Mayuko Ono Gray
My current works are graphite drawings on paper, from smaller scale (8” x 8”) to wall scale (50” x 110”). These are traces of the evolution of my artistic path, from Japanese calligraphy which I studied since I was small in Japan, and the Western tradition of drawings learned in the U.S. after high school.
Growing up in Japan, every Saturday afternoon was spent studying with my Sensei, a calligraphy master who assigned words for me to practice. I would spend hours recopying Master's sample, focused on breathing, the speed and pressure of the brush on the paper, and all the feeling and sensitivity needed to produce a rhythmic and beautiful line.
Gradually I became curious about Western drawing concepts. I moved to the United States. I investigated contemporary artistic practices integrating a variety of cultural influences. My media expanded from fluid ink to malleable graphite and ephemeral charcoal.
My subjects changed from words to still life and figures. My process changed from the wet immediacy of line to illusionistic volumes rendered in chiaroscuro. Instead of going through dozens of rice papers in a session, I now develop a single drawing over time, layering visual ideas on a single sheet of cotton paper. Still, in bridging the cultural vastness of East and West, personal expression remained constant. My current works thus continue the historically rich hybridizations that have always been part of both Japanese and American culture.
My works evolve around my strong interest in the existence of physical body, which I contemplate through art making integrating both Eastern and Western aesthetics and techniques. The works consist of Japanese writings intertwined into one strand, which is a metaphor for life. Working in graphite, I intuitively draw the Japanese calligraphy- stretching, weaving, and changing it- until the composition demands the meticulous solidification of mass, light, and shadow.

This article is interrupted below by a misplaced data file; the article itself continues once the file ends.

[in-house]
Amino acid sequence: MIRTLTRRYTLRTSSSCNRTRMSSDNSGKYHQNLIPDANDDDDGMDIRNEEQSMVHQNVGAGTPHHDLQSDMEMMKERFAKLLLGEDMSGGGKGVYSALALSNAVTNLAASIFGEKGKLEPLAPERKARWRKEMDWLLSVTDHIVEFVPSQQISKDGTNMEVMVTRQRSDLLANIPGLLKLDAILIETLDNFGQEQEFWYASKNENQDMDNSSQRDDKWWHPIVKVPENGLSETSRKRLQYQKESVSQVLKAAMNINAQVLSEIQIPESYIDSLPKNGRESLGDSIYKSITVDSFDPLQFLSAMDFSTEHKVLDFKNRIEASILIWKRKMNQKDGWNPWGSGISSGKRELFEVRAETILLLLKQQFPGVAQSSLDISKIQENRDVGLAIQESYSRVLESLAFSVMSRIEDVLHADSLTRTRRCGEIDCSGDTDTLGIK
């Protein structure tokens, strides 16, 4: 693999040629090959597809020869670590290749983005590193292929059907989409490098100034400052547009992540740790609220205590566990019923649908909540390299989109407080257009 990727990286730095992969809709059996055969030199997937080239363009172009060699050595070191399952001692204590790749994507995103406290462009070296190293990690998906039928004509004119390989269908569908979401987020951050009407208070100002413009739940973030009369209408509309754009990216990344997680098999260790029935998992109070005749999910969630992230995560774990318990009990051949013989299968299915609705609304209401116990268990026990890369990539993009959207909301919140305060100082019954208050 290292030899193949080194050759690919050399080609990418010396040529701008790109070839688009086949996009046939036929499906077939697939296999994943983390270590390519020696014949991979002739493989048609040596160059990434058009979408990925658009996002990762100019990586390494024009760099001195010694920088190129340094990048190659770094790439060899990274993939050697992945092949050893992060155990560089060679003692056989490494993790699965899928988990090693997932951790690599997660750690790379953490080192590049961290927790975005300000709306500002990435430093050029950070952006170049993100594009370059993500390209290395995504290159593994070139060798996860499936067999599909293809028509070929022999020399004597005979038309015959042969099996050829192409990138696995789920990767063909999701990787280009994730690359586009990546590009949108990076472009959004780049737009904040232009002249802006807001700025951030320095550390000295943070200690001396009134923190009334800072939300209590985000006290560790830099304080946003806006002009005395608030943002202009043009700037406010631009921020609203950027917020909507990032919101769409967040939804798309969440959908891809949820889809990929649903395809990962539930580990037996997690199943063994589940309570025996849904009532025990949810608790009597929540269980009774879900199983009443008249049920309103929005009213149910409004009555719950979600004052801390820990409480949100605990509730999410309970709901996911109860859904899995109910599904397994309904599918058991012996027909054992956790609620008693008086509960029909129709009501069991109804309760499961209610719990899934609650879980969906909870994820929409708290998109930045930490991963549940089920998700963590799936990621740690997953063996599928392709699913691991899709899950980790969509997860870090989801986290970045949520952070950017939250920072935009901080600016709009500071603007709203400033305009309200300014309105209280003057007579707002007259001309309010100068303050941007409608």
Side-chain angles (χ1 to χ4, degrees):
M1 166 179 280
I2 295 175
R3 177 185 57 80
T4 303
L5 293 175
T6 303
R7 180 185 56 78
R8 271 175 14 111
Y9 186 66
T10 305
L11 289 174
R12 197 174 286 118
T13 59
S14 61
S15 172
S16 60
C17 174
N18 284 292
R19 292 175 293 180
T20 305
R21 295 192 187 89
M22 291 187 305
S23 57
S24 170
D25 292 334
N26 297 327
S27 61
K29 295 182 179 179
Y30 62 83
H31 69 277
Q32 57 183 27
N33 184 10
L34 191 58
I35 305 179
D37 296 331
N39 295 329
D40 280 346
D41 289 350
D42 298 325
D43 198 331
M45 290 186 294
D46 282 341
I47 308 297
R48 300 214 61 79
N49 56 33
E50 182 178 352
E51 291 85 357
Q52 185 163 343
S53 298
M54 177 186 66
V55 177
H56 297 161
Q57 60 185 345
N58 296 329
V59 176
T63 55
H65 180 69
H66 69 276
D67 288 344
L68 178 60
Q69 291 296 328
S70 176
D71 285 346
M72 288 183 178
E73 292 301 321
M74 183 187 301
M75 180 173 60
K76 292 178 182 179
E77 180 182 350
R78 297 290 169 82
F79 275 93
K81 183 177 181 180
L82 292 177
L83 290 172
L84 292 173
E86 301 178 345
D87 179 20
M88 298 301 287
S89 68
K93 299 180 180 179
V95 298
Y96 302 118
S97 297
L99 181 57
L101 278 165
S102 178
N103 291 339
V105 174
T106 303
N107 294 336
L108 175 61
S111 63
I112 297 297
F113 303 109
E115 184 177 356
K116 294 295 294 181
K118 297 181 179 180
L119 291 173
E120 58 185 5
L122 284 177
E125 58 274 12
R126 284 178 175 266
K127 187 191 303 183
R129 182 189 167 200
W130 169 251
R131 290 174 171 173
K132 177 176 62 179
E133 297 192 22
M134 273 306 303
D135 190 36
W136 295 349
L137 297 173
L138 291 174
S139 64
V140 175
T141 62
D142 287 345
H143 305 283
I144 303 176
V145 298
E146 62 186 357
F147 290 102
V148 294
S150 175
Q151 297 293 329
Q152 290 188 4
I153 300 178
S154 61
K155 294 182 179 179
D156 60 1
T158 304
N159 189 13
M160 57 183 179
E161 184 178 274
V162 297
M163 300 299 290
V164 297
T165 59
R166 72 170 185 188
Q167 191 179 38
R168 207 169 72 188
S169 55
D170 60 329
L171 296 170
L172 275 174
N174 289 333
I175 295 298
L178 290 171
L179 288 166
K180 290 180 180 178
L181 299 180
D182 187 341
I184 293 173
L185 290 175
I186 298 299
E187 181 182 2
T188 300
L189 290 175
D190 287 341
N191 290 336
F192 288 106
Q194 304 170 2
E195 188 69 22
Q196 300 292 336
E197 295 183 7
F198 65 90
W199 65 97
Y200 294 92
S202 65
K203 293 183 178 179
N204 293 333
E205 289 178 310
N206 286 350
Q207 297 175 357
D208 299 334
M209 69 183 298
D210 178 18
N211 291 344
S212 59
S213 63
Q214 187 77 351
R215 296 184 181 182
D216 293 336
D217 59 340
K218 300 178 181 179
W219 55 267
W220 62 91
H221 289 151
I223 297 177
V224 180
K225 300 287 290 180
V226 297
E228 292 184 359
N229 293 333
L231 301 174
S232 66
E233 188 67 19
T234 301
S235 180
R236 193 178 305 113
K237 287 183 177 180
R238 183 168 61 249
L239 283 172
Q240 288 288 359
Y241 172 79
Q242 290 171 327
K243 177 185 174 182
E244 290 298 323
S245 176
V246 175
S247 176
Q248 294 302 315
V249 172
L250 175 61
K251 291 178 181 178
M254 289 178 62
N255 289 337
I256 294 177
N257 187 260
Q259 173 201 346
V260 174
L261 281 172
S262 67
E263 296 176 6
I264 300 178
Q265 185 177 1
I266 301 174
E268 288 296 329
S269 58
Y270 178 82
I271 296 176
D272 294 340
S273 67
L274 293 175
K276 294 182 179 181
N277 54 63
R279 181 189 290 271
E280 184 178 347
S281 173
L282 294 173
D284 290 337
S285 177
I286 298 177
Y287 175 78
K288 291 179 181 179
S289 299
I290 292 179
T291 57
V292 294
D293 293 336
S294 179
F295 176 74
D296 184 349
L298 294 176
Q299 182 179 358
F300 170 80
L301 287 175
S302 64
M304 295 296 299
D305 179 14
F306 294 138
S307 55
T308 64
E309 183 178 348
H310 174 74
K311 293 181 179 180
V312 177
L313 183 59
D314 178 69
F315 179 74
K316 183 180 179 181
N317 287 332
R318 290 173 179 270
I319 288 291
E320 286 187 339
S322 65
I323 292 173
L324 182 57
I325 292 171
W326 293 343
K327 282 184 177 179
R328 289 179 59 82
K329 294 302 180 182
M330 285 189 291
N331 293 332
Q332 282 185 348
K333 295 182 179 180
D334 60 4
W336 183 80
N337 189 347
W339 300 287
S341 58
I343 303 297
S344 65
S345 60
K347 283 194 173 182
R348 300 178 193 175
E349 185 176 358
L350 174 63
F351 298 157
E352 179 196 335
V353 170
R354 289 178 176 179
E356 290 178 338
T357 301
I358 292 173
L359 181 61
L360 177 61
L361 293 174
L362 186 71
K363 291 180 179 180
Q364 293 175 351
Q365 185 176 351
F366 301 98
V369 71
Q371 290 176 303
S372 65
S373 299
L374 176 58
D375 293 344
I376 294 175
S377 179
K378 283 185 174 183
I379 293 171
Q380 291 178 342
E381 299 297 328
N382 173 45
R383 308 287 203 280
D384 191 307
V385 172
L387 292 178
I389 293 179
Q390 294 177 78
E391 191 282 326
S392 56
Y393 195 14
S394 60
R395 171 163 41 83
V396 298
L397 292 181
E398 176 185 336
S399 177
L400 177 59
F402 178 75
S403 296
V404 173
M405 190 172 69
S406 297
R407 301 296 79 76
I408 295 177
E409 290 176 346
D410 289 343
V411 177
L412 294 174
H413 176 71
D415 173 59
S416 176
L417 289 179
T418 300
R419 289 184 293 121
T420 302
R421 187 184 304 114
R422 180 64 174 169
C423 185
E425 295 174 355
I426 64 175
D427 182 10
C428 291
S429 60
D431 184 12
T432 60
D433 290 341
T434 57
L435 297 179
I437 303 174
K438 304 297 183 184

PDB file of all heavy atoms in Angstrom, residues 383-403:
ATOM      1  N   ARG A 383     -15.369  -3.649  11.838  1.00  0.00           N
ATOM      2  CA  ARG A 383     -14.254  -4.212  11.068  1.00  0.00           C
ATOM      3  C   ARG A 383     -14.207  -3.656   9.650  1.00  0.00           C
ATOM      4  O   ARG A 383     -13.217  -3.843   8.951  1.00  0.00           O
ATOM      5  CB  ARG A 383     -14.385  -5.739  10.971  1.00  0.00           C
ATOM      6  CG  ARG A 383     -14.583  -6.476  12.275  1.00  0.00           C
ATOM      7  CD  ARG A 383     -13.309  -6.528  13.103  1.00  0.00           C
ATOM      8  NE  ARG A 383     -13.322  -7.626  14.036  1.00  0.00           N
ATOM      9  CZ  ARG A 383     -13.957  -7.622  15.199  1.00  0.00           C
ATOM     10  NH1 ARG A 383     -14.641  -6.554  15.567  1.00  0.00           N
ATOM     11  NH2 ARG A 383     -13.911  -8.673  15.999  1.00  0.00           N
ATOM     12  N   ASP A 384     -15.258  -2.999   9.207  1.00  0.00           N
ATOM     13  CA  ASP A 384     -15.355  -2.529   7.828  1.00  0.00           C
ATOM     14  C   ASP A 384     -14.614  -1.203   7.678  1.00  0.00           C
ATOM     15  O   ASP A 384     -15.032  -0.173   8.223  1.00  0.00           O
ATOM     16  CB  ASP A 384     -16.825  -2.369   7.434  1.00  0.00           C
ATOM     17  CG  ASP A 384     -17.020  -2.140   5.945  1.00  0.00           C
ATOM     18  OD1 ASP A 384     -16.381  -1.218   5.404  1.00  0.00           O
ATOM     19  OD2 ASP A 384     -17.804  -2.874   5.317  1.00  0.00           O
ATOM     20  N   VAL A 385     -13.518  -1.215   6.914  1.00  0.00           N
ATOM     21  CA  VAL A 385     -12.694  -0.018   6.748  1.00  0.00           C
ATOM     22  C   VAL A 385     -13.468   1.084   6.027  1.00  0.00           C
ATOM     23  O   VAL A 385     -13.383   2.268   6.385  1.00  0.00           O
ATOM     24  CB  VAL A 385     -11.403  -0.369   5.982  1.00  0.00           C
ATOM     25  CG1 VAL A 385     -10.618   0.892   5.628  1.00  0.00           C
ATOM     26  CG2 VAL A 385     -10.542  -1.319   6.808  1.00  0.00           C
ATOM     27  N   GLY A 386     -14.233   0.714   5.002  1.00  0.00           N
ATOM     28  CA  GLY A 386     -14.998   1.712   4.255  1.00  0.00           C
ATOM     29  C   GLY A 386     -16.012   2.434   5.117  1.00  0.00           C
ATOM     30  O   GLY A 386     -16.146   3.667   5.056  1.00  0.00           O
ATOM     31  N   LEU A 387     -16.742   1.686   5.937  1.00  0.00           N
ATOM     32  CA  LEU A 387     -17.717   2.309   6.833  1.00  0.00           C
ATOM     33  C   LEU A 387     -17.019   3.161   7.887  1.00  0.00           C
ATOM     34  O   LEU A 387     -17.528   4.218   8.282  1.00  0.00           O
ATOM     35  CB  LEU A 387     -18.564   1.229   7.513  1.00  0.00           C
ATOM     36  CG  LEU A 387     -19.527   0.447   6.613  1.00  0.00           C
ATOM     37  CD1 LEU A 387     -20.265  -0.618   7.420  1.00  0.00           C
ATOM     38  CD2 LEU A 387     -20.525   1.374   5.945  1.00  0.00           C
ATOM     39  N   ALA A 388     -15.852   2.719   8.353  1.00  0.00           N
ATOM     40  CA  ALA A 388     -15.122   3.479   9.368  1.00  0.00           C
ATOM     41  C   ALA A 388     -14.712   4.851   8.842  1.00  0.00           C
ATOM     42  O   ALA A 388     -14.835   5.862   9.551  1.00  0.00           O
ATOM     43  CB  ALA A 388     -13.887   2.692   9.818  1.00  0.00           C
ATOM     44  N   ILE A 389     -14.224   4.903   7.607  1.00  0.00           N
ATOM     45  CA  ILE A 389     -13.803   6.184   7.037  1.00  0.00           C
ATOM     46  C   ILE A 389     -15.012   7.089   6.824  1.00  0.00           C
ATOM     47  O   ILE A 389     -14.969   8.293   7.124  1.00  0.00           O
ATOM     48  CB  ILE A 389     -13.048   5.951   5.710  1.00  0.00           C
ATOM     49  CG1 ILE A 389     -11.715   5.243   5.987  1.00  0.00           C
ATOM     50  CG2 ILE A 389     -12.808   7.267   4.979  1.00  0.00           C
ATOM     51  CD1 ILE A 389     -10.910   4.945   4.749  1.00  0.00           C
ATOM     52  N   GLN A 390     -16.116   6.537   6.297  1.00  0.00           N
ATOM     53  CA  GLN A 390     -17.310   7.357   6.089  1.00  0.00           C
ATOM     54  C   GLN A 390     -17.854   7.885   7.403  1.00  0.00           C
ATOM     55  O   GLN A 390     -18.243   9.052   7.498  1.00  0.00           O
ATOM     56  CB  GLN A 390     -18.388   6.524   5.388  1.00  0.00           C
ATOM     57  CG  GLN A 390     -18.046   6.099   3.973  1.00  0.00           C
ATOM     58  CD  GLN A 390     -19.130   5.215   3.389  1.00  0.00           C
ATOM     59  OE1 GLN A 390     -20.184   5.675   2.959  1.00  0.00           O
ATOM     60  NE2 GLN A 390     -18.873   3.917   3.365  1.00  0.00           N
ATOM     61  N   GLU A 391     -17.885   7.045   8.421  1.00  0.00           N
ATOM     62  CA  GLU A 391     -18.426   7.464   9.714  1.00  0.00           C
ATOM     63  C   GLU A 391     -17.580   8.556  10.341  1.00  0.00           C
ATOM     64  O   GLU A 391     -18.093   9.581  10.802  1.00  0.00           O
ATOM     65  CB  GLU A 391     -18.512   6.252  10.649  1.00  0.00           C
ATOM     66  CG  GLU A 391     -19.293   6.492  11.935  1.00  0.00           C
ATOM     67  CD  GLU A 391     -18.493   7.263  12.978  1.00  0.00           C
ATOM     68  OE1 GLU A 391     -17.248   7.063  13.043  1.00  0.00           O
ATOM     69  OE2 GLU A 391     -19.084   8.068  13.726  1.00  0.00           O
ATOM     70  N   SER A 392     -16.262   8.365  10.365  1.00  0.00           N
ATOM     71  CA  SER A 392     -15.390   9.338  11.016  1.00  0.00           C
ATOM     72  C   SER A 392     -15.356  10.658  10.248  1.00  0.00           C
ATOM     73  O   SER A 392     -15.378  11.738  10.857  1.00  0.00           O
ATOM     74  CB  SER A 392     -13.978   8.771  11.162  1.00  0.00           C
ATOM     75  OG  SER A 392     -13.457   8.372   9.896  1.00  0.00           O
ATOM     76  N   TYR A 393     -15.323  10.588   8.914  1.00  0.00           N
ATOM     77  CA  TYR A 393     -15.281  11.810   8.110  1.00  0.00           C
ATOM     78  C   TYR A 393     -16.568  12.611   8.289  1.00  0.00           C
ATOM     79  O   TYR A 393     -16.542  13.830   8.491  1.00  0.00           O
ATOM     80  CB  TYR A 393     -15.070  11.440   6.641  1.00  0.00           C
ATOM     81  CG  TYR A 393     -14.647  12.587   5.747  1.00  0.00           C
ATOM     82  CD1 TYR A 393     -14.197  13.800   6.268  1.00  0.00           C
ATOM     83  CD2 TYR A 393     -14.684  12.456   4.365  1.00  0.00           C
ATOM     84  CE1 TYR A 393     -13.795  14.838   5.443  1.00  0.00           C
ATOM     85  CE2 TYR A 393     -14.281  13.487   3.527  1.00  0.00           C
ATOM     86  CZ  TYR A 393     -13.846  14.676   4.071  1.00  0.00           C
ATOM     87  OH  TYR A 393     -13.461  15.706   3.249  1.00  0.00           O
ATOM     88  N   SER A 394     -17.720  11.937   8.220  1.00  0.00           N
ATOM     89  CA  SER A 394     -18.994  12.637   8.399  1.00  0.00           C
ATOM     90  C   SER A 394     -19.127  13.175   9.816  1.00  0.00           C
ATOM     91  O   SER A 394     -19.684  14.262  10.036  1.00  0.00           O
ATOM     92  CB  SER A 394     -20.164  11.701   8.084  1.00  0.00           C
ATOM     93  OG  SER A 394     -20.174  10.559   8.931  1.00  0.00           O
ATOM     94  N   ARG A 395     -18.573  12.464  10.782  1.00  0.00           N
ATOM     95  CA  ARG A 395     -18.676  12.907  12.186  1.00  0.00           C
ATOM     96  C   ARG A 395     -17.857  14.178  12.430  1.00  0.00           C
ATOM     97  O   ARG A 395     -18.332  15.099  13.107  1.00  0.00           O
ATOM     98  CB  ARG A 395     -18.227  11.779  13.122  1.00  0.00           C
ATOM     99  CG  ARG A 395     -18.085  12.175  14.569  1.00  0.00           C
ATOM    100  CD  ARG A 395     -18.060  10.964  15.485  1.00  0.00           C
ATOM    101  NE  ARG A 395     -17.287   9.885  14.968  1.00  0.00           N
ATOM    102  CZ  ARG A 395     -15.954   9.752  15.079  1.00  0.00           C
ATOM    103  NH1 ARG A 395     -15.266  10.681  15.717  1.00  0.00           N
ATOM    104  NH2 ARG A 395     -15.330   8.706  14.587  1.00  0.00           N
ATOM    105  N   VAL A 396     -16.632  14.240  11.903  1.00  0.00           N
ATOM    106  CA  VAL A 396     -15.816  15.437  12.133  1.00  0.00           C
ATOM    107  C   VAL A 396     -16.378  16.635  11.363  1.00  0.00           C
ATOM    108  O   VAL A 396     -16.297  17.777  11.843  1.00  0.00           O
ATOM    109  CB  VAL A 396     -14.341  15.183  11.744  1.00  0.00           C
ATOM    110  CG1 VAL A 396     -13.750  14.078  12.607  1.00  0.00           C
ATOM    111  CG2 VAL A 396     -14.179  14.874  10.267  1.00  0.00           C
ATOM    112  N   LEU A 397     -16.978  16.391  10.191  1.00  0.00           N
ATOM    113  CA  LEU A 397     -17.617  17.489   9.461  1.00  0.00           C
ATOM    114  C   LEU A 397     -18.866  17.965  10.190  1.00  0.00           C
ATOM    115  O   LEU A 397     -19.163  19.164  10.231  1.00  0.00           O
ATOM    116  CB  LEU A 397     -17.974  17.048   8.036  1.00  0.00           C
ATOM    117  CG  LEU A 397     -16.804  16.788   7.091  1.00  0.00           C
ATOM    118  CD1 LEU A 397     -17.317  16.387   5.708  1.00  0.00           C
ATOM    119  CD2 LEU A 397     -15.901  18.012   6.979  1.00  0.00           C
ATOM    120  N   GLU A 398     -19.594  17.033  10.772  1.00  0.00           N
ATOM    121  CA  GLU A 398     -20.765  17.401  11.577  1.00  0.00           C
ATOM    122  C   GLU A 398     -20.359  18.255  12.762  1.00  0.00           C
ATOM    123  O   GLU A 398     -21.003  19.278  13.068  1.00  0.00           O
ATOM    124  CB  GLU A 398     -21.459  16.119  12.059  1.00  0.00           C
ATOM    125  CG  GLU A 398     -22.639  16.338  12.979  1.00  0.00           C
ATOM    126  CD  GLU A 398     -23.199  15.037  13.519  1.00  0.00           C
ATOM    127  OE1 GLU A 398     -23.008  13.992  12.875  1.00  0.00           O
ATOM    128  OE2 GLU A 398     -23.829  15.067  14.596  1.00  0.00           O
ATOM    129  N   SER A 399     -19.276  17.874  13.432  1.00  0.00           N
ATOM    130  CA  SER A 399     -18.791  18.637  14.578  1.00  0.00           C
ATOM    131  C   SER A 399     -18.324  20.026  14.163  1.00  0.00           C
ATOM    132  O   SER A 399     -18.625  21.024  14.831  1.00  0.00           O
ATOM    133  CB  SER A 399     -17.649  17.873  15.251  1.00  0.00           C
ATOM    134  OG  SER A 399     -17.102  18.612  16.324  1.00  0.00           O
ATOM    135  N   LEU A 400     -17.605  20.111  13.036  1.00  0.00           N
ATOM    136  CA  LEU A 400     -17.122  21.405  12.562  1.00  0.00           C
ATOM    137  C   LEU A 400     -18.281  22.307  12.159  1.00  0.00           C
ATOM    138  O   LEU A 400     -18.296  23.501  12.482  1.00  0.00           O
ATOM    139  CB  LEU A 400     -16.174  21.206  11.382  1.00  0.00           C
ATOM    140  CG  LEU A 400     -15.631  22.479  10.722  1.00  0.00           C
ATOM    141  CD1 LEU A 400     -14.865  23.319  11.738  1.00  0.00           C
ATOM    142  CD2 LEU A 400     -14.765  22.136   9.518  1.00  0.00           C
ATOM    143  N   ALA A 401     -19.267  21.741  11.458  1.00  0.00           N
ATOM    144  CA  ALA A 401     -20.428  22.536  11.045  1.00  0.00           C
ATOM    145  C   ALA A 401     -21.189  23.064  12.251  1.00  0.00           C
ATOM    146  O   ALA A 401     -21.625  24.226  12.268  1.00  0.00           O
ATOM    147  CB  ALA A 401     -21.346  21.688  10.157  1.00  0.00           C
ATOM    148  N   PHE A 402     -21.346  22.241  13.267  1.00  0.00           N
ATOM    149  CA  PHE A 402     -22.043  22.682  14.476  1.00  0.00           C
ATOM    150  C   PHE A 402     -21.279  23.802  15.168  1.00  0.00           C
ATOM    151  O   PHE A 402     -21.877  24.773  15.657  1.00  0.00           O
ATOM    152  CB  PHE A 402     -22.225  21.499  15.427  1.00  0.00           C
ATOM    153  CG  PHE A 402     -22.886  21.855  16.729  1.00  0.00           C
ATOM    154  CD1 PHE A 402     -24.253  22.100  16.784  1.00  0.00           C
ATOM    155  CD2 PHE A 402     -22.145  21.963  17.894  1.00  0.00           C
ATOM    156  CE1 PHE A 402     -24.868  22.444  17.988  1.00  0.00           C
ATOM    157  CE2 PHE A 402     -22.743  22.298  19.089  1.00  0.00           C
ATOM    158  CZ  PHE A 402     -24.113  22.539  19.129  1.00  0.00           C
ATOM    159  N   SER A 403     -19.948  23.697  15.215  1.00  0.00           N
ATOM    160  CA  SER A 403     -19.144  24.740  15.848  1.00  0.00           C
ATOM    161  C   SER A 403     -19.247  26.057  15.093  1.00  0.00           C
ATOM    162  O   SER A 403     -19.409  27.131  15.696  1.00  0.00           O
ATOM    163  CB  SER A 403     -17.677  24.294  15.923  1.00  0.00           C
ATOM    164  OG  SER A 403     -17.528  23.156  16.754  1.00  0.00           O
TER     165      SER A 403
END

I reference Japanese proverbs as well as my own poems, which in their own way resonate to the simplicity and richness of haiku. In each work, hiragana and kanji characters intertwine to create a single line which has only one entrance and one exit on the pictorial plane.
The line usually begins at the top right and ends toward the bottom left of the page, following traditional Asian writing. It is a single line symbolizing a life: one entrance as birth, and one exit as death, representing the two doorways opening and closing our being. Traditional Asian art-forms have often integrated word and image.
Contemplatively woven into my calligraphy, I often include images of persons, animals, and still life drawn from my familiar experience. Whether through the literary artifacts of traditional proverbs, or through personal expressions in poetry and pictures, these word-images are reflections on human nature, place, self, ephemerality, permanence, and universal wisdom. Simply stated, these drawings are expressions of a unique perspective, where East and West combine.